November 29
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U.S. officials are stepping up efforts to build a giant weapons stockpile in Taiwan after examining recent naval and air exercises by the Chinese military around the island, the NewYork Times reports.

But efforts to turn Taiwan into a weapons depot are facing challenges. The United States and its allies are prioritizing arms shipments to Ukraine, reducing their stockpiles, and arms manufacturers are reluctant to open new production lines without a steady stream of long-term orders.

It is also unclear how China might respond if the United States accelerates arms shipments to Taiwan.

U.S. officials are determining the numbers and types of weapons sold to Taiwan, discreetly telling Taiwanese officials and U.S. weapons manufacturers that they will turn down orders for some large systems in favor of more smaller, more mobile weapons. The Biden administration announced Sept. 2 that it had approved its sixth $1.1 billion weapons package for Taiwan, which includes 60 Harpoon coastal anti-ship missiles. U.S. officials are also discussing how to streamline the sales and delivery process.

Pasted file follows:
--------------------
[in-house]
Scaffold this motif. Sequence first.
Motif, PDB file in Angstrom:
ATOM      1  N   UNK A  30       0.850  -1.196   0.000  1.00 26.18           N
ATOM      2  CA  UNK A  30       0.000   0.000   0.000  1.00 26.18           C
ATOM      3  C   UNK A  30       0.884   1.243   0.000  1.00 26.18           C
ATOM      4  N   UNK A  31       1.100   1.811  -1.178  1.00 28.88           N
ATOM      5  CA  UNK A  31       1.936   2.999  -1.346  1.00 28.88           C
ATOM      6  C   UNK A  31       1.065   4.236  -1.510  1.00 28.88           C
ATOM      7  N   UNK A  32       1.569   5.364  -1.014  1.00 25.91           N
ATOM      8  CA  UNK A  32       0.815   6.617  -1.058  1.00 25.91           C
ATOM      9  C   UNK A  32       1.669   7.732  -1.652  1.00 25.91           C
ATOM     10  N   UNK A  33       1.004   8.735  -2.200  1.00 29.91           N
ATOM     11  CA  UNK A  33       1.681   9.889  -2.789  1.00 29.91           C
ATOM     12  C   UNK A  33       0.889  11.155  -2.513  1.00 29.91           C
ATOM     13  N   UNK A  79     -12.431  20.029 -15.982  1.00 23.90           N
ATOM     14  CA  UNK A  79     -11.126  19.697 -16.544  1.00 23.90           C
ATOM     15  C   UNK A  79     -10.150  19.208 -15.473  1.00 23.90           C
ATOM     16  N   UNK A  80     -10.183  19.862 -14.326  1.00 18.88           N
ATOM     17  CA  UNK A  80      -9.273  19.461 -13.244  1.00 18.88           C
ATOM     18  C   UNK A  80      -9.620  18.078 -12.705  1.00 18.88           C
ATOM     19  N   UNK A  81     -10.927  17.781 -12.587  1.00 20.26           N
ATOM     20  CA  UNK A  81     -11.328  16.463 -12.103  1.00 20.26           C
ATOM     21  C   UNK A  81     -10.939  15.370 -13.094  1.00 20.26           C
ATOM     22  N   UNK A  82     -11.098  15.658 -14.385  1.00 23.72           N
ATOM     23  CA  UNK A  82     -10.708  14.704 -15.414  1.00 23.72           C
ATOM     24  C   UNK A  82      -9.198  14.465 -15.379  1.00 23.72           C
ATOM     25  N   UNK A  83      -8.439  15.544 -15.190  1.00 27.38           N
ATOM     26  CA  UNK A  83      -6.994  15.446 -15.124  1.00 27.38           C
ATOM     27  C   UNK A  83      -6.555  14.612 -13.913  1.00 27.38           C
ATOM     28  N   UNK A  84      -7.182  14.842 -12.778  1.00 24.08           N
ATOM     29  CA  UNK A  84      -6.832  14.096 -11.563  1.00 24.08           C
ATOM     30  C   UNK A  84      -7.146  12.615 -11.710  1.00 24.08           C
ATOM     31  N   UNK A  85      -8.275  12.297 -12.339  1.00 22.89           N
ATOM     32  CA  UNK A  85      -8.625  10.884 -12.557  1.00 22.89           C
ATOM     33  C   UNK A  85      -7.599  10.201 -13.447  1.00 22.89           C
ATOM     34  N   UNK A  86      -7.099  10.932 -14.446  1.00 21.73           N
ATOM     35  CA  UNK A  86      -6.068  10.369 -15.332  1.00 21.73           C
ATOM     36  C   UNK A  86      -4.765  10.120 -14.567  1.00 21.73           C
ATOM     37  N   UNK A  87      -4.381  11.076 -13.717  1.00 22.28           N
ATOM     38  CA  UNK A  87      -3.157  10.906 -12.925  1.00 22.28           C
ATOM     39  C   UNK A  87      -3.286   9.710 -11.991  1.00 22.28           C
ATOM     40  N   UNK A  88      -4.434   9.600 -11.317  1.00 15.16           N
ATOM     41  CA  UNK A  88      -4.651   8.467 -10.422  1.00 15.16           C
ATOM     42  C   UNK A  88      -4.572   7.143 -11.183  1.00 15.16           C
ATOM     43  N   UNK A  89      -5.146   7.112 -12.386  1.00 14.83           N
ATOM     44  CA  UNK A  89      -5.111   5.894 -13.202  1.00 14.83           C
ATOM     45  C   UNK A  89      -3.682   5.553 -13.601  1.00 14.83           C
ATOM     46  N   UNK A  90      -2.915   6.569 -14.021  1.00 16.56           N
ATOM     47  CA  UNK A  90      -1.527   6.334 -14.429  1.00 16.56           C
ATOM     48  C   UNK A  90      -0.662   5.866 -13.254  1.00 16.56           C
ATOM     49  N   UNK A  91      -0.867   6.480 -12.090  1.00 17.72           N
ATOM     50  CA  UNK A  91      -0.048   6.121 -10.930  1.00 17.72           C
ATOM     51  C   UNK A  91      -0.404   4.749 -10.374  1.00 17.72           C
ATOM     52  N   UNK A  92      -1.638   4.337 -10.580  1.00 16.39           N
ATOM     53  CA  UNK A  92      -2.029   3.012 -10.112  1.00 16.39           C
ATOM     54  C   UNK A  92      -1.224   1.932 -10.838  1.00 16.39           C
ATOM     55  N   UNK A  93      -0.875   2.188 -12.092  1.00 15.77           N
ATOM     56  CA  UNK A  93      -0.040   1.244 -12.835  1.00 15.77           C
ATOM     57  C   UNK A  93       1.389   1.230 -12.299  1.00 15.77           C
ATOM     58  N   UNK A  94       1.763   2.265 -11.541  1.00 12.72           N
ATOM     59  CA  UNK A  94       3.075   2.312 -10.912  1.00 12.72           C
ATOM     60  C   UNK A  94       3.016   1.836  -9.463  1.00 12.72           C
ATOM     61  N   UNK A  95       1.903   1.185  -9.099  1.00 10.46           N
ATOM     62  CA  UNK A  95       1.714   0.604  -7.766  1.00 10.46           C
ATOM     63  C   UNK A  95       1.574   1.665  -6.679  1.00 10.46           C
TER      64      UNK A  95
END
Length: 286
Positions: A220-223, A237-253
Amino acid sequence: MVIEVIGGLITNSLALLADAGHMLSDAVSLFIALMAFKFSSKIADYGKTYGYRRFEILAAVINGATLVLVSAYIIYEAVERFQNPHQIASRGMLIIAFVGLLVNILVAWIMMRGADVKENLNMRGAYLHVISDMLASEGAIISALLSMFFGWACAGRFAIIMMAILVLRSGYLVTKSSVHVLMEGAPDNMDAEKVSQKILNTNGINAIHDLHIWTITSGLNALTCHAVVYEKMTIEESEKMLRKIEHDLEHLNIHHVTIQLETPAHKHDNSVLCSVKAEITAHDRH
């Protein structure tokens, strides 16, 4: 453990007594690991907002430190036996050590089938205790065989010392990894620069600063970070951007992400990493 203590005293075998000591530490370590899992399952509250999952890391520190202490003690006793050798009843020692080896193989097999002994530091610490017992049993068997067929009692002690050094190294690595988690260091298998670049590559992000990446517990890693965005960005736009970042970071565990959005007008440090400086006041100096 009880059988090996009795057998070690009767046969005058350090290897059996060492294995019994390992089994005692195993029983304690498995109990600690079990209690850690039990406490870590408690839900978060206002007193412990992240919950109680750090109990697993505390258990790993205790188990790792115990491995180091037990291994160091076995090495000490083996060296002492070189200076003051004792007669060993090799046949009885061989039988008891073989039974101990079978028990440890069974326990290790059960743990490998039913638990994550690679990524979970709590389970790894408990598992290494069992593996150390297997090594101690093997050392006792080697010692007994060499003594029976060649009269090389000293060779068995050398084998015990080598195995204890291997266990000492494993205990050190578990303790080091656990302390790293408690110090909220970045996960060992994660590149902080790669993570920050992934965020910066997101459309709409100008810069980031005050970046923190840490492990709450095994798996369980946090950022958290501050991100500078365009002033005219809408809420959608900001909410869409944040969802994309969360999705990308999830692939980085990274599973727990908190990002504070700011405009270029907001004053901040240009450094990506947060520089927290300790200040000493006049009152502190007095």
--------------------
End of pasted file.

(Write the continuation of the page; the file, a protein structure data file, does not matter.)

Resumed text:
The United States will not be able to resupply Taiwan as easily as Ukraine because of the lack of land routes from neighboring countries. According to officials, the goal now is for Taiwan to have enough weapons to defend itself until help arrives. Last month, Biden said U.S. troops would defend Taiwan if China launched an unprecedented attack on the island.

U.S. officials have increasingly emphasized Taiwan's need for smaller, mobile weapons that can be lethal against Chinese warships and aircraft and at the same time able to evade attacks, the centerpiece of so-called asymmetric warfare.

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